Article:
In the last couple of days, I have been super, super busy and also super, super sick. My body basically gave up on food and refused to take any or keep any inside of it, which resulted in me getting pretty darn poorly. My stomach swelled up to about 3 times its usual size and I spent a good few hours on a drip in a tiny Indian hospital. Not exactly my finest moment but certainly an experience.
Anyway, back to the good parts of my time here! Since Wednesday night, I have been out on our first field trip, which I returned from this morning. We took the overnight train from Delhi to Karwi which was an adventure in itself… I wasn’t massively keen on the journey there, largely due to several screaming children and a night time temperature which at points must have exceeded 30 degrees. Not ideal sleeping conditions and certainly not a great way to start a pretty intense field visit – sleep deprived and sweaty. Lovely. The journey home however, was an absolute dream, with super comfy beds and a small, quiet carriage. I think it’s probably just the luck of the draw whether or not you have a good journey, but I certainly would recommend doing India by rail just so you can say that you have. I feel like a more well-rounded traveller because of it!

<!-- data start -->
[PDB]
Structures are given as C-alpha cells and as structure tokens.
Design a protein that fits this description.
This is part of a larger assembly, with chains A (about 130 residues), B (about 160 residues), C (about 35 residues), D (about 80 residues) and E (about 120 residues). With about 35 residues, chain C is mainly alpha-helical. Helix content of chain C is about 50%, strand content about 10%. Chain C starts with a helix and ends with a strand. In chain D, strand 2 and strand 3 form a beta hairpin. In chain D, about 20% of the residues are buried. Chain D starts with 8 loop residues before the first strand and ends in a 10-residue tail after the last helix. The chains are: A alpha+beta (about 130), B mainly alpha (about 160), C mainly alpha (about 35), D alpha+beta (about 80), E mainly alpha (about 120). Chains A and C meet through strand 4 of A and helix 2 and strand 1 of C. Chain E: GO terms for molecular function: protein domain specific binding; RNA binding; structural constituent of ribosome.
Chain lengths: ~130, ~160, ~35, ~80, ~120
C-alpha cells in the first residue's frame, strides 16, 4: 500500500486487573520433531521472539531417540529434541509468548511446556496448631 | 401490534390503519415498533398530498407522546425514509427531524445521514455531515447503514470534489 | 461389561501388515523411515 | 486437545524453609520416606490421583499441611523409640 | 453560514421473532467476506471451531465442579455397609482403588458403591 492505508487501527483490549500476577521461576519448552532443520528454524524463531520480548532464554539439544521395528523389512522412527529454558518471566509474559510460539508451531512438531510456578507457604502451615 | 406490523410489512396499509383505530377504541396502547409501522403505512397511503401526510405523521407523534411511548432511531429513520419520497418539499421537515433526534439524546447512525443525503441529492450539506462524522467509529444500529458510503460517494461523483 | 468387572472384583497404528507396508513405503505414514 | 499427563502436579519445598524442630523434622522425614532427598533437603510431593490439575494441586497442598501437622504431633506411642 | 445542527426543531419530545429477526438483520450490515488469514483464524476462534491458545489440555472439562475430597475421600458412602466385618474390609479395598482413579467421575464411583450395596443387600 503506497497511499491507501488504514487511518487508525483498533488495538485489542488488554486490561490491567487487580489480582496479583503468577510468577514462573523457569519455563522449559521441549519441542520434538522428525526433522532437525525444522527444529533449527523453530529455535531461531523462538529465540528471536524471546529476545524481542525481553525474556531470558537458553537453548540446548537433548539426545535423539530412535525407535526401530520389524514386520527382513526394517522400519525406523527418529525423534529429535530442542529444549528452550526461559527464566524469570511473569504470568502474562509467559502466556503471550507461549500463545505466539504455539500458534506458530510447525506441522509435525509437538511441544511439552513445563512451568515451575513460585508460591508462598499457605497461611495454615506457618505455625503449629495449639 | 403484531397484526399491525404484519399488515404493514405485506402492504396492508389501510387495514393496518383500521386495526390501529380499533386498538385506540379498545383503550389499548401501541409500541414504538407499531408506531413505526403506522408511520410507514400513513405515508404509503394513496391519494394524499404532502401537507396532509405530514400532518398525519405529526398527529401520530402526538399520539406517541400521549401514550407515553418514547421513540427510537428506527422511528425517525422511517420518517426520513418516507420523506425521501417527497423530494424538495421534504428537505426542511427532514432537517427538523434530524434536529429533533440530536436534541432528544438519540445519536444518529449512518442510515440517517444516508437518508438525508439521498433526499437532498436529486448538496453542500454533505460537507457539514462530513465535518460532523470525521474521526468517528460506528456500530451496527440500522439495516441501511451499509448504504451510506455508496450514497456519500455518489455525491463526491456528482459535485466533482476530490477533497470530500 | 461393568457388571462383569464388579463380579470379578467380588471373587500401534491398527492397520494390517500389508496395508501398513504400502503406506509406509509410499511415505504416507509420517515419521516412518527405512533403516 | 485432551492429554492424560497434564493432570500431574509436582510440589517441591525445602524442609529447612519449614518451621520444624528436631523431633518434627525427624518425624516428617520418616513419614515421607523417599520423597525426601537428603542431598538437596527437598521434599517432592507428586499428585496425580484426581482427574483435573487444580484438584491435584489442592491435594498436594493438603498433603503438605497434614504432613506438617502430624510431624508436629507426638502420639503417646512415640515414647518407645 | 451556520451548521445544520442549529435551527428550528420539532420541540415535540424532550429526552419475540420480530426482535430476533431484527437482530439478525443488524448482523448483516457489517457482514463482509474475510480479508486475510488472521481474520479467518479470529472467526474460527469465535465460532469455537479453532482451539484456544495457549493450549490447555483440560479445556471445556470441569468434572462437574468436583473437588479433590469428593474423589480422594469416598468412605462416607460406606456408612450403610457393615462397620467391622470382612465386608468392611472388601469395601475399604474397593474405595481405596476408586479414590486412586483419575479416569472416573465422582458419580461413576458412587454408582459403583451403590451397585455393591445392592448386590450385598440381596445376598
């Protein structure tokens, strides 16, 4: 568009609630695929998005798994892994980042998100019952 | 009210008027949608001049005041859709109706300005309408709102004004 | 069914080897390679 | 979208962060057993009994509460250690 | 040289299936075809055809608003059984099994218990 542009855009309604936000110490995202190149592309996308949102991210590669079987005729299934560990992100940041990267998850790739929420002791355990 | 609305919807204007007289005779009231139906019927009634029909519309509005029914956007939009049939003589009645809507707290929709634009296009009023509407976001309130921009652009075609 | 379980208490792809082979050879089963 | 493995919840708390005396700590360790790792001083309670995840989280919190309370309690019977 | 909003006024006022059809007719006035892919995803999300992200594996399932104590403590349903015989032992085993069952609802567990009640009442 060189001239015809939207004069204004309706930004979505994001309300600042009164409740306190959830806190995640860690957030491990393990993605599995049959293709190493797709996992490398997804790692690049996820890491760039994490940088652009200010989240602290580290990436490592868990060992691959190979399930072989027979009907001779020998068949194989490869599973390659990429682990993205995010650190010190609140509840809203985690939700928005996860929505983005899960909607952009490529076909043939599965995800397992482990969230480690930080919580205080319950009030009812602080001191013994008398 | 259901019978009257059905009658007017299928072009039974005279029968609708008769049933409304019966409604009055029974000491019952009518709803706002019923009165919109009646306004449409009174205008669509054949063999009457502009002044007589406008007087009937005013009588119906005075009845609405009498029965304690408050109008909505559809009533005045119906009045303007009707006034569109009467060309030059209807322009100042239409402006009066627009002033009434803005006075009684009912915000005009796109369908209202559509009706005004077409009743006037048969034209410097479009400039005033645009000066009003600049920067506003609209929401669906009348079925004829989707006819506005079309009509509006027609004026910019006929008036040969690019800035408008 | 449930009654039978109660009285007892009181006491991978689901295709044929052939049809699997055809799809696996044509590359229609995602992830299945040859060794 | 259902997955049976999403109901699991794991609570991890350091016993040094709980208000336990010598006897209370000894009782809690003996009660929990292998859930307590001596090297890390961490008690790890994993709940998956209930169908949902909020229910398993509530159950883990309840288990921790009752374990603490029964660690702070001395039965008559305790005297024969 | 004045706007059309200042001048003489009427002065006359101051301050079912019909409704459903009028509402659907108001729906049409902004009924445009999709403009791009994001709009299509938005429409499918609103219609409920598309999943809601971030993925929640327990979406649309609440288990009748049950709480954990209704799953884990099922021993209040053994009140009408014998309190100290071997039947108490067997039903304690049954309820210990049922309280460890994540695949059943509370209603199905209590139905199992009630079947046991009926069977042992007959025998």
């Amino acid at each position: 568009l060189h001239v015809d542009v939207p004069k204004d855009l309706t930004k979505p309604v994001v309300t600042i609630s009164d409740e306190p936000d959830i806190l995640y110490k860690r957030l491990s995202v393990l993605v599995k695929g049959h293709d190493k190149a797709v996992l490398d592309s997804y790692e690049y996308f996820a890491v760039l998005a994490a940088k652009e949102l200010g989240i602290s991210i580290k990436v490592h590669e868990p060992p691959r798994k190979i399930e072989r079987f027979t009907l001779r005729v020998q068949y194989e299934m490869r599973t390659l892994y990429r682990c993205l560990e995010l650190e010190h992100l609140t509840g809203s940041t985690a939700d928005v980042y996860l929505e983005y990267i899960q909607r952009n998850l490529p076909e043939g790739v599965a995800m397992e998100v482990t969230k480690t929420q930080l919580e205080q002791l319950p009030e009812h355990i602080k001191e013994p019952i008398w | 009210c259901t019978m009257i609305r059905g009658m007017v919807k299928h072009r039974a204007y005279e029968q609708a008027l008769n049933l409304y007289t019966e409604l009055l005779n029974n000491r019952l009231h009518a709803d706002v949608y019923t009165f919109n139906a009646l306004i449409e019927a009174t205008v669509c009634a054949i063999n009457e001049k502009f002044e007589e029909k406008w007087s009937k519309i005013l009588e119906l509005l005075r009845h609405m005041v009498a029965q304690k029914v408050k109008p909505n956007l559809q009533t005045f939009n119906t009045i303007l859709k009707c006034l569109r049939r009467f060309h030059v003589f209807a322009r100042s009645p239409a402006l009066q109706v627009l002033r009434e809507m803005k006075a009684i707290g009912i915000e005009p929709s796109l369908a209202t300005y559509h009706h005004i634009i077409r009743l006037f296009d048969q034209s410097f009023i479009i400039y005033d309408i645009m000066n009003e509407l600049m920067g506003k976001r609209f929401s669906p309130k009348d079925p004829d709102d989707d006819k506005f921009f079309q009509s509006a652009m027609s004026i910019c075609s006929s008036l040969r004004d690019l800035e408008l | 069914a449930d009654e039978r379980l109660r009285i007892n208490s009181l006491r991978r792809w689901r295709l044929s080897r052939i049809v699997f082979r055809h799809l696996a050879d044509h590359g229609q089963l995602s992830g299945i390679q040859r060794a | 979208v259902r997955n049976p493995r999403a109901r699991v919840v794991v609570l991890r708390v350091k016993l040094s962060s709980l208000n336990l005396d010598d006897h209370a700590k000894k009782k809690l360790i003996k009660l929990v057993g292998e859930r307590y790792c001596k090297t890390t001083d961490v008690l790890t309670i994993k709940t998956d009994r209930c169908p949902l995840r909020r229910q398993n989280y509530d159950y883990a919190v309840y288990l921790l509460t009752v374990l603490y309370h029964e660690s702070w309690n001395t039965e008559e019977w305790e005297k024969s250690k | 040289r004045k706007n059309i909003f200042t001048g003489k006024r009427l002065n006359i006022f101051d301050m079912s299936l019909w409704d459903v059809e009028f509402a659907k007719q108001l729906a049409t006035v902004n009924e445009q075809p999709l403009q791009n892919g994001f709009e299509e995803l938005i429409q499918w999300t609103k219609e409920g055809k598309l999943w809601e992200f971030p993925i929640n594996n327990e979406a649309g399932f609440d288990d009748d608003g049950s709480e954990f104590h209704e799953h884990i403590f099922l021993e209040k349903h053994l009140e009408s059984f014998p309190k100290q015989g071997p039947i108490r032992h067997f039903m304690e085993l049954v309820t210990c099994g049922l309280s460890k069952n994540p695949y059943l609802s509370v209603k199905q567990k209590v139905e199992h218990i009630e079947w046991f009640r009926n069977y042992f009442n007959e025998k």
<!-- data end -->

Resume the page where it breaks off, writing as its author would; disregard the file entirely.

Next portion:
Rather than simply tell you what I saw, great as that would be, I feel like it would be better to tell the stories of some of the people that we met during our time in Chitrakoot. We were staying with staff at the EFICOR base in Karwi, on the Integrated Community Adaptation Project. This project works in 70 villages across the Chitrakoot region – this is 5000 households, or 40,000 people. Basically, this small little office has a huge impact! In each village, EFICOR creates a women’s SHG, which enables them to effectively save money to improve their futures, a Village Development Committee, which makes decisions on important issues within the village and helps implements some of the many government initiatives which are available to benefit village people, and a farmer group, which leads the way with adapting their farming techniques to cope with the changing climate. I’ll put these stories over the next couple of posts, but in the meantime, I have posted a video from TEAR Australia (link: https://vimeo.com/100266774) which explains what happens in Chitrakoot far better than I even could! Also, if you have any more questions about what I’ve been seeing recently I would be so happy to talk to you at length, either when I’m back in Aus/the UK or via email.